Before Thursday night, I had never heard of Judy Garland, but I am glad I had the opportunity to learn about her through an “autobiographical” performance. Yes, I am talking about the original MGM Dorothy from the Wizard of Oz!
If you do know who she is, I can only ask: wouldn’t you like to see her …live?!
Even with my reduced knowledge of Judy’s life, I recognized most of the songs performed in the play. The music selection was enjoyable, and Christopher Peterson has an amazing voice that captivated and impressed the audience. But before I get ahead of myself I should tell you more about what you will learn from Judy Garland.
Have you ever had one of those days in which you feel like you are the only one doing your job? Have you felt like you have too many responsibilities? Have you felt undervalued, overworked, and stressed?
Judy Garland has.
And she will tell you all about it, swears and all, just as she felt it. After all, Judy must have been having a bad day when on June 22, 1964, she overdosed on barbiturates. This is the moment the play starts; Judy is in a coma, and you shall soon realize that what you are seeing on stage is only in her head. Judy (Christopher Peterson) will be guiding you through her life as she sings the tunes that represent different stages of her career, aided by a quiet piano man (Nicholas Samoil),. But above all, she will provide you with an interesting viewpoint on the life of an adult that is, according to others’ definition, a success. But what is success after all?
Among the performed songs, there was the all-time classic (and many times covered) song “Over the Rainbow,” and just as with every song in the play, I was able to discover something new about it. I could sense Judy’s pain and sorrow in the lyrics and voice, and I realized that I will never hear these songs the same way again. With his performance of Judy, Christopher Peterson gave each song new significance—these are not just songs, they are somebody’s songs; they are Judy Garland’s songs.
In terms of the production, I can say that the lighting was not the best. I was constantly distracted by the lights hanging from the roof and on the side of the stage, taking me away from the experience to concentrate on where the light was coming from. The costumes, however, were as flattered by the lighting as they were glamorous and sparkly (also, I may add, designed by Christopher Peterson). And I was not particularly impressed by the back screen showing pictures of Judy and the men in her life, later changing to more neutral and abstract images. It was helpful to connect the stage Judy with the real Judy, but I believe it could have been done more effectively with the use of film, similar to flashback memories, or simply by using more pictures (there were only about 5 shown of her throughout the show).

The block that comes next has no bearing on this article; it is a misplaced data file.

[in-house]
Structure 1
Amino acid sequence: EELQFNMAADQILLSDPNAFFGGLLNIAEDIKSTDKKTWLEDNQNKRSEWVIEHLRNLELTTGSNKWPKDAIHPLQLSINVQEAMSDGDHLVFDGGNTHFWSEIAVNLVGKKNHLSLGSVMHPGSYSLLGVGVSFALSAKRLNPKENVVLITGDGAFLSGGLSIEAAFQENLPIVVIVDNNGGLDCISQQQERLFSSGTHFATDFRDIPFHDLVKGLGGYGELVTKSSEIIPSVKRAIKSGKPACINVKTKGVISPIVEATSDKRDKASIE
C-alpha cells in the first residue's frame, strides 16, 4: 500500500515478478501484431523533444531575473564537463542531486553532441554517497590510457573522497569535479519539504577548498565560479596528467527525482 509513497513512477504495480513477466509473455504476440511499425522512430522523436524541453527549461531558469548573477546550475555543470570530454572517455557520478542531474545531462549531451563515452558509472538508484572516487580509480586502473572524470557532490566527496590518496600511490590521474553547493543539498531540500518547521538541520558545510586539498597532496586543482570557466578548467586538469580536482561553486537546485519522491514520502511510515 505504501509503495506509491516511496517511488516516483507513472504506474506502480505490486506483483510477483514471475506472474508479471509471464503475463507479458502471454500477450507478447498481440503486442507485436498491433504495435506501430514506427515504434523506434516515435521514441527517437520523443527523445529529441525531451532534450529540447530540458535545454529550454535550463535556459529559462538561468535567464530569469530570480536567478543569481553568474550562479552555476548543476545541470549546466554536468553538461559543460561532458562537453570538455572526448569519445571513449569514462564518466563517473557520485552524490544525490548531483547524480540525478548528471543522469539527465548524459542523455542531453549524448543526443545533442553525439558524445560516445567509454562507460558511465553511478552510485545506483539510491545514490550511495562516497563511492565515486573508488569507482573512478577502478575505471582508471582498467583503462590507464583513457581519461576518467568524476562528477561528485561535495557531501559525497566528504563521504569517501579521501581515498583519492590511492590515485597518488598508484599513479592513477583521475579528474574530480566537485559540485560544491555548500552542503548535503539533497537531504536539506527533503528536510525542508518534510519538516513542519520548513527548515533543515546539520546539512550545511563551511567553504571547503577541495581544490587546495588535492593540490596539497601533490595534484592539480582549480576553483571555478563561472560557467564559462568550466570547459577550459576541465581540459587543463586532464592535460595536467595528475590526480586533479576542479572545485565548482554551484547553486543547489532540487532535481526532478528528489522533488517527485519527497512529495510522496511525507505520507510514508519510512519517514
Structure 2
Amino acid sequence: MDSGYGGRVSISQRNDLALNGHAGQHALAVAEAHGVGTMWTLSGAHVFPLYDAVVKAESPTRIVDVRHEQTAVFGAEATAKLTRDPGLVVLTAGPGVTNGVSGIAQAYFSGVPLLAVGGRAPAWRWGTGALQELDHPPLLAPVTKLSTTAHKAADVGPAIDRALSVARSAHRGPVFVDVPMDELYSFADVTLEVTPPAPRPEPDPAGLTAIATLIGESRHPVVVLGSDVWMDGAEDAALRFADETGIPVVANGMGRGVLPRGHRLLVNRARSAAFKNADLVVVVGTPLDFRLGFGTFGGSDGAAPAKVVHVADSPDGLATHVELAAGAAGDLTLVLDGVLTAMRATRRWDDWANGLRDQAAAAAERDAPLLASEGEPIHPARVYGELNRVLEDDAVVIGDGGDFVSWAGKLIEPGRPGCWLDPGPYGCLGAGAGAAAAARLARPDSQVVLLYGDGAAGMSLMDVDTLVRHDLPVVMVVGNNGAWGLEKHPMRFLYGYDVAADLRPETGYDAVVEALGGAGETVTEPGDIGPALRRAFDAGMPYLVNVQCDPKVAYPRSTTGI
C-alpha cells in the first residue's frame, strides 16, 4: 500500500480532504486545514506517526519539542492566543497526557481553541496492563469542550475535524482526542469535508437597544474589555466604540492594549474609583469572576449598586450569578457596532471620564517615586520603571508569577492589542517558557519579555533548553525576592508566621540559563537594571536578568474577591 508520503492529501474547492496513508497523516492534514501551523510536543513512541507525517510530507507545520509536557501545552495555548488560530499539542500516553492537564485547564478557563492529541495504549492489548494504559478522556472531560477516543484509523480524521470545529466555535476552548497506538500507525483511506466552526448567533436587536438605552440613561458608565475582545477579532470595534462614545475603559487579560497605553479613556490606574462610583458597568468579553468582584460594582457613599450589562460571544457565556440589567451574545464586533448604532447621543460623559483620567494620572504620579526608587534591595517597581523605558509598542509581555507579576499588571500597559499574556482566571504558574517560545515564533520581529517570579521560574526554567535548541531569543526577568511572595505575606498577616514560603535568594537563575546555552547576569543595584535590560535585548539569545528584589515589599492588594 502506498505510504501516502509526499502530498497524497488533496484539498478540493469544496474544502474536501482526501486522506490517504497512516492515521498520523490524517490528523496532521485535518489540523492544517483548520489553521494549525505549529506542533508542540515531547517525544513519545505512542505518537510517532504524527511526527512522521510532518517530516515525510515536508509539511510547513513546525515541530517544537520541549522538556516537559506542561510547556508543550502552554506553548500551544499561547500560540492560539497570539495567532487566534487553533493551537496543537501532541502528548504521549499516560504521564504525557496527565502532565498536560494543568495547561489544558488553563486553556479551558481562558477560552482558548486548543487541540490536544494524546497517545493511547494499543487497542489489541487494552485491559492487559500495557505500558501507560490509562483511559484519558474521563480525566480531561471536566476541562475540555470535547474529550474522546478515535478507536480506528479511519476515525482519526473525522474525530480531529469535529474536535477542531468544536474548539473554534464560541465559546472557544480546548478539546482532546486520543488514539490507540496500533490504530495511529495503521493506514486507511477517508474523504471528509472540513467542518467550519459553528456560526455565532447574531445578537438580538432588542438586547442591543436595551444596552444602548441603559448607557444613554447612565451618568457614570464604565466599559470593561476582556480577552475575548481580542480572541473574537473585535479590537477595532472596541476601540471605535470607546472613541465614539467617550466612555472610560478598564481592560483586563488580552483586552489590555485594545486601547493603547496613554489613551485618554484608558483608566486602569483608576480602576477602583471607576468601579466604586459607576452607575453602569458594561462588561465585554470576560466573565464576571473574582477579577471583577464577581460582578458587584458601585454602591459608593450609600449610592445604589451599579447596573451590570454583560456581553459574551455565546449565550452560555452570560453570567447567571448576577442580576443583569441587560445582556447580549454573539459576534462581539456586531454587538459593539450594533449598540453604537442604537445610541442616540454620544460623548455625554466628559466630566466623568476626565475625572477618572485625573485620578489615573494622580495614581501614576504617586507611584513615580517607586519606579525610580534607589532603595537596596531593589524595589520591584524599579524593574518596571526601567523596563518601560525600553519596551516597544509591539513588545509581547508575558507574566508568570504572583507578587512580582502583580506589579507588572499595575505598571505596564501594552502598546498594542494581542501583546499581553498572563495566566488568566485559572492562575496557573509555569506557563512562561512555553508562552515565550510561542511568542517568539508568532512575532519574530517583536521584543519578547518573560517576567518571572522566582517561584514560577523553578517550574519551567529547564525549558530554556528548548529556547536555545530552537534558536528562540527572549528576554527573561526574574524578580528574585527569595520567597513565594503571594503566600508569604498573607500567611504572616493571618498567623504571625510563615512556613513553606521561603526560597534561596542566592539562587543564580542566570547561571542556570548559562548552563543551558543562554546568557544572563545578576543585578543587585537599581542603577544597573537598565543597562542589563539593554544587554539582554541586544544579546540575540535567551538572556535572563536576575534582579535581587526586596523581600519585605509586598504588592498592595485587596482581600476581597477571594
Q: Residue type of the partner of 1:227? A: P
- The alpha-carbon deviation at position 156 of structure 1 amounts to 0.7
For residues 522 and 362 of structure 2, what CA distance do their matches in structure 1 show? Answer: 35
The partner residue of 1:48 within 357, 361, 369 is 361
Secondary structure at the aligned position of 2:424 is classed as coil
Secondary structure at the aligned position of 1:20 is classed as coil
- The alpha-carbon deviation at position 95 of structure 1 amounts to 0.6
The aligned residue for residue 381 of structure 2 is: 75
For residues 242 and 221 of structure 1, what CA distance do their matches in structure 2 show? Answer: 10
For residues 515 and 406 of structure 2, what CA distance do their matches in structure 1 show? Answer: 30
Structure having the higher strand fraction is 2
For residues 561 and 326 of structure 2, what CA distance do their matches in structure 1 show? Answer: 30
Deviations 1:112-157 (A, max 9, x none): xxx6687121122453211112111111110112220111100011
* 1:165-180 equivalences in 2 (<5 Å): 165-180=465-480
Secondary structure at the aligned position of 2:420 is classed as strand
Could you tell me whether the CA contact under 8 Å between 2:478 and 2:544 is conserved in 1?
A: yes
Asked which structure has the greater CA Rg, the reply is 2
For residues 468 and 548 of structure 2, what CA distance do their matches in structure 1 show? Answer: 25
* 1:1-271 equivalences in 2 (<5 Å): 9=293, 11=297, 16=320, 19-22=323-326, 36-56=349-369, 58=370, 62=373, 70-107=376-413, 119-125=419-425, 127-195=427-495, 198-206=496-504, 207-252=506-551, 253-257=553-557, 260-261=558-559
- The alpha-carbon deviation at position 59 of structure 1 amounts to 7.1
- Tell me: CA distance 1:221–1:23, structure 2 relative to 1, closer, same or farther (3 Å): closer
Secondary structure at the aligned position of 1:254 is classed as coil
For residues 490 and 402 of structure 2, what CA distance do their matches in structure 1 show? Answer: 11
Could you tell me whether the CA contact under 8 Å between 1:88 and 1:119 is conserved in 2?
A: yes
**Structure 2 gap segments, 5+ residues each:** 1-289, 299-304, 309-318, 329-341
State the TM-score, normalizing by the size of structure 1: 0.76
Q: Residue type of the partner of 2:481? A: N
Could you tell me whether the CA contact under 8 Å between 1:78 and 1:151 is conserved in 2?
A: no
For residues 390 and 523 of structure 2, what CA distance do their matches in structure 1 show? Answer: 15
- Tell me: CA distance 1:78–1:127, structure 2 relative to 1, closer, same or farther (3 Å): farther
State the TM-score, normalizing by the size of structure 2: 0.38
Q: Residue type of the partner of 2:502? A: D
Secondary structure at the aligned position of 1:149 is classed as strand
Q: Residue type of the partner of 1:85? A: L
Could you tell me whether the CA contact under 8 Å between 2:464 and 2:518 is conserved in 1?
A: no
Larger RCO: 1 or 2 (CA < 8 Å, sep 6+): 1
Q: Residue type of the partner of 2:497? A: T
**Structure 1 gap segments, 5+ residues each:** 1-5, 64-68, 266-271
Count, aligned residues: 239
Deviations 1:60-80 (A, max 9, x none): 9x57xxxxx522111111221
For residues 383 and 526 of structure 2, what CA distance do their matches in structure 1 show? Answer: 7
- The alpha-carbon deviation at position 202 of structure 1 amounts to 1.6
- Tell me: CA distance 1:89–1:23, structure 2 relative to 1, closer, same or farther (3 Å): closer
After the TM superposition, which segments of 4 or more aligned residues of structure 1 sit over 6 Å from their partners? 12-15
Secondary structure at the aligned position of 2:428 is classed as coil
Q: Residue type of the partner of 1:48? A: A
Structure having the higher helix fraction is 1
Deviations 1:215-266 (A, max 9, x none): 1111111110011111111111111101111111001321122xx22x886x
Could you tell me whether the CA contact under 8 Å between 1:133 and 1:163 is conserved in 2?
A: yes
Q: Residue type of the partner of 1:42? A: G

There was a sound failure at the beginning, with Peterson’s microphone not working. Being opening night, it is expected to run into a problem or two, and I must say I was impressed that Peterson never left character, and almost convinced me that the microphone failing was just another part of the scene—had I not know that Judy was in a coma and alone, I may have believed so.
And after that small glitch, the show went on…
In a way, that is what this play’s main message was for me. As Judy realized where she was, and she asked for a second chance, I noticed a change in her attitude and anger about her work, the things she had been through, and the sorrows in her life. She stood up, and with the port of a true Diva, she went on stage once again…
And then Edmonton got to see Judy Garland live!
This original production by Darrin Hagen and Christopher Peterson combines what I have heard from good authority are audiences’ biggest theatre-peeves. One-person plays and musicals are often disparaged, but if the play and production is good then I mind neither. This play combines them so successfully that I barely noticed it.Either way I can say with confidence that even if you are not like me, you will STILL love this play.
Typhoon Judy plays at the Roxy until October 28th. For ticket information visit Yeglive.ca